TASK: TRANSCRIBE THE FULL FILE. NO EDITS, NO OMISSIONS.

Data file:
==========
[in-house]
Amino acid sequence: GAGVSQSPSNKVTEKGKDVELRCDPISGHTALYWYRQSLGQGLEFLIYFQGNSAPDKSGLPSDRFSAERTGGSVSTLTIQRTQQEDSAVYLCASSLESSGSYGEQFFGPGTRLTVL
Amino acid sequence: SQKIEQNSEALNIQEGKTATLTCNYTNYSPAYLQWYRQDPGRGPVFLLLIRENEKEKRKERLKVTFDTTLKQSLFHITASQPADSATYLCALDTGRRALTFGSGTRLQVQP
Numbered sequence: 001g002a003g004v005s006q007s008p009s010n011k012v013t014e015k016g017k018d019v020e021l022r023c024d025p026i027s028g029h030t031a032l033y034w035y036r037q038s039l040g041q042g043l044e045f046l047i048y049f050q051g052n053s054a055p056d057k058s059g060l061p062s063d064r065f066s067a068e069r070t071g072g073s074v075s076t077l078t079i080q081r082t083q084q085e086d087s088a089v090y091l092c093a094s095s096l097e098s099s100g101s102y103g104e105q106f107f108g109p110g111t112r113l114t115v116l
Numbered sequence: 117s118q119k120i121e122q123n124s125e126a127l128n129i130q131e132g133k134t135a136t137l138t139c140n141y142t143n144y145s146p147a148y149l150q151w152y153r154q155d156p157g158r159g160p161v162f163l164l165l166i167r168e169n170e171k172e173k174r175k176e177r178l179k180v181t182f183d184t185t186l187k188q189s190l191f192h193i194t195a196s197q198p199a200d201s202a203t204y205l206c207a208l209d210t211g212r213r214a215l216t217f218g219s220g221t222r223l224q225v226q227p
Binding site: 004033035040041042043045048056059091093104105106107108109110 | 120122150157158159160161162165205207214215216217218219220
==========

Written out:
[in-house]
Amino acid sequence: GAGVSQSPSNKVTEKGKDVELRCDPISGHTALYWYRQSLGQGLEFLIYFQGNSAPDKSGLPSDRFSAERTGGSVSTLTIQRTQQEDSAVYLCASSLESSGSYGEQFFGPGTRLTVL
Amino acid sequence: SQKIEQNSEALNIQEGKTATLTCNYTNYSPAYLQWYRQDPGRGPVFLLLIRENEKEKRKERLKVTFDTTLKQSLFHITASQPADSATYLCALDTGRRALTFGSGTRLQVQP
Numbered sequence: 001g002a003g004v005s006q007s008p009s010n011k012v013t014e015k016g017k018d019v020e021l022r023c024d025p026i027s028g029h030t031a032l033y034w035y036r037q038s039l040g041q042g043l044e045f046l047i048y049f050q051g052n053s054a055p056d057k058s059g060l061p062s063d064r065f066s067a068e069r070t071g072g073s074v075s076t077l078t079i080q081r082t083q084q085e086d087s088a089v090y091l092c093a094s095s096l097e098s099s100g101s102y103g104e105q106f107f108g109p110g111t112r113l114t115v116l
Numbered sequence: 117s118q119k120i121e122q123n124s125e126a127l128n129i130q131e132g133k134t135a136t137l138t139c140n141y142t143n144y145s146p147a148y149l150q151w152y153r154q155d156p157g158r159g160p161v162f163l164l165l166i167r168e169n170e171k172e173k174r175k176e177r178l179k180v181t182f183d184t185t186l187k188q189s190l191f192h193i194t195a196s197q198p199a200d201s202a203t204y205l206c207a208l209d210t211g212r213r214a215l216t217f218g219s220g221t222r223l224q225v226q227p
Binding site: 004033035040041042043045048056059091093104105106107108109110 | 120122150157158159160161162165205207214215216217218219220